Patrick Brown on not being a right-wing nut
Mr. Brown, the newly-elected leader of the Ontario Progressive Conservative Party, was criticized throughout the campaign by his opponents for being a social conservative whose values were not progressive enough for Ontario. His opposition to the Liberals' sex education curriculum, for example, was used to illustrate the point. At his post-win press conference Saturday, Mr. Brown was pointedly asked about his social conservatism: "How do you convince the public that you aren't some kind of right-wing nut?" asked one reporter. "That's a big challenge you have ahead. No one knows you from a load of hay." Mr. Brown, who calls himself a "pragmatic Conservative," said that the size of his victory and results – he won in ridings right across the province – speaks to that.
He crushed his opponent, Christine Elliott, in GTA ridings, for example, where his outreach to minority cultural groups was successful. "The party I am building is very different than the party you are accustomed to covering," he said. "This is the party that is the most diverse in Ontario now. This is a party that has labour leaders, public-sector, private-sector unions actively engaged in supporting my candidacy."
Laureen Harper's tips on uniting the party
With only five MPPs in the 28-member Ontario PC caucus supporting him, Mr. Brown says uniting the party is his priority right now. In an interview with The Globe and Mail after his victory Saturday, Mr. Brown recalled some advice that came from an unlikely source, Laureen Harper, the Prime Minister's wife. The two ran into each other a few weeks ago in Toronto at the rally for visiting Indian Prime Minister Narendra Modi.
"Laureen Harper pulled me aside and said that during her husband's two leaderships, Tony Clement [Treasury Board president in Stephen Harper's cabinet] and Stockwell Day [retired Harper minister] had said stuff that made her quite upset. And she said that 'day one' after winning the leadership Stephen knew that you had to work together and [he] didn't harbour any grudges. And, frankly, she said they are so thankful that they didn't because Tony and Stockwell ended up being wonderful ministers in the government."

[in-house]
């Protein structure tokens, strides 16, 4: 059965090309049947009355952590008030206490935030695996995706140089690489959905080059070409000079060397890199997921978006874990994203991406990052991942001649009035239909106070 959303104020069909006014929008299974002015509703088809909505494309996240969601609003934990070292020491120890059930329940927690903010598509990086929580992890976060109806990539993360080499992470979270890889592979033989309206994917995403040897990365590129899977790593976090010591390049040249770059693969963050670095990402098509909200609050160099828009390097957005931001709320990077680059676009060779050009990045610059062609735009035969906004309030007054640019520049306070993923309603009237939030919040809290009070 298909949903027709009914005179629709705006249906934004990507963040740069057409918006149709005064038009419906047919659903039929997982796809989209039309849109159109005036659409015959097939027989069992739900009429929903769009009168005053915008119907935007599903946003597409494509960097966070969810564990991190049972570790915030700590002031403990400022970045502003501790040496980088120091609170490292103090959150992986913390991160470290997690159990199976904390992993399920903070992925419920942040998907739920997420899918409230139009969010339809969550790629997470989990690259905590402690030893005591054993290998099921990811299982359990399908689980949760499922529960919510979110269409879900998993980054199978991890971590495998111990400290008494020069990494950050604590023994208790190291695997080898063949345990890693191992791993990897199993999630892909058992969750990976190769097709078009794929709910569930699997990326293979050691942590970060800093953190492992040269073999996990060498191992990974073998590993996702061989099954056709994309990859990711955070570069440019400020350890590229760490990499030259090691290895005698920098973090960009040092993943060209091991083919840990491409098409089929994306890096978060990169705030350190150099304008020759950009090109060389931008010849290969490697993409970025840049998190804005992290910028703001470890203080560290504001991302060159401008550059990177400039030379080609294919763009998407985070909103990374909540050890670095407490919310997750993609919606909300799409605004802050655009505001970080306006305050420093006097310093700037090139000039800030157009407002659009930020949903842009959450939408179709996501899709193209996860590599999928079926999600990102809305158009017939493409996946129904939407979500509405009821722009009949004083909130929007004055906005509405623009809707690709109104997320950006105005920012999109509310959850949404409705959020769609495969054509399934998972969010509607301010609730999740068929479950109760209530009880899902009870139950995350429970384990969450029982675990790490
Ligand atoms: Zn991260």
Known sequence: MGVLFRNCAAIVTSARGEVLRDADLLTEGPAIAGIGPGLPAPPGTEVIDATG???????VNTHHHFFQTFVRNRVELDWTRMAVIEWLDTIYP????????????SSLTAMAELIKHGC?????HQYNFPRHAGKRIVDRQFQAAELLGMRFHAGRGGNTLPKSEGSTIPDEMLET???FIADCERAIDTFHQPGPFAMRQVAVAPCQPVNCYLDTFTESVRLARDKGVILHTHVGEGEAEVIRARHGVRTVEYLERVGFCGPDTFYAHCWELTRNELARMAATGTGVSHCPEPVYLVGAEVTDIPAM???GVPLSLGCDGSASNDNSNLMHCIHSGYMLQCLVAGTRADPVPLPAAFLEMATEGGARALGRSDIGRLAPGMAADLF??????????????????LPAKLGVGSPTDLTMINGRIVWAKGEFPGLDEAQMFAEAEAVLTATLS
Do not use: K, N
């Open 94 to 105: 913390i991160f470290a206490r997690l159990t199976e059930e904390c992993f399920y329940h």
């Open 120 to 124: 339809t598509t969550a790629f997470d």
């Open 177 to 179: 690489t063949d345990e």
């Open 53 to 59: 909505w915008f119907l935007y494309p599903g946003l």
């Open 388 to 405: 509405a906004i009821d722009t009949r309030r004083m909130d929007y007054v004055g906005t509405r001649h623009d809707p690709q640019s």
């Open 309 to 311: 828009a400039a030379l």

The long campaign for the PC leadership resulted in a few skirmishes, including allegations from Ms. Elliott and her team that, if he won, social conservatives would take over the party. "I'm not going to harbour any grudges," says Mr. Brown.
The hug from Todd Smith
Todd Smith is the PC MPP for Prince Edward-Hastings and was one of the many caucus members supporting Christine Elliott's bid. But he was one of only a few of her MPP supporters who actually delivered for her. She outpolled Mr. Brown significantly in Prince Edward-Hastings, winning 67 of a possible 100 points to 33 for him. Mr. Brown, who plays hockey in his spare time, said he told Mr. Smith that he was glad to have him "on my line now." "And he gave me a hug and said, he was, too. I said 'I admire people who work hard and admire people who show tenacity'," recalled Mr. Brown.
The Alison Redford factor
The disgraced former Premier of Alberta, Alison Redford can teach Mr. Brown a few lessons about caucus outreach. A senior PC strategist, who asked not to be named, noted that Ms. Redford was elected leader of the PC party in Alberta with the support of only one caucus member. Her win, as was Mr. Brown's, was based on attracting support from outside the party. Like Mr. Brown, she was considered a party outsider. And when she won, she was told by her advisers, according to the strategist, that she needed to work on bringing together all of the caucus.
In fact, suggestions were made that she tear a page from former Progressive Conservative Brian Mulroney's playbook for keeping caucus members loyal and close. In his darkest hours – when his government was down to single-digit support in the opinion polls – he still managed to keep his caucus united and happy. He really worked at it. The strategist says that she didn't – and in the end lost her premiership, in part, because no one had her back.
The PCs adopted a modified one-member-one-vote system for this leadership rather than the more exciting hoopla-driven delegated conventions of the past. Each riding was worth 100 points and allocated proportionately to each candidate's share of the vote. The votes were counted overnight on Friday at the Toronto Convention Centre, a huge venue located in an industrial area near the Pearson airport, by about 40 volunteers.
To ensure that the result did not get out before Saturday morning, the volunteers and campaign team scrutineers were divided into five groups. Each group only knew what their individual count was but did not have the big picture as they were sequestered – they ate meals separately and cots were set up for them – and were not allowed out until the results were being read. A candidate needed 5,292 points to win. And so, the read-out of the results was slightly dramatic – but most importantly, much quicker than the old-style conventions. In the end, Mr. Brown won 62 per cent of the points compared to 38 per cent for Ms. Elliott.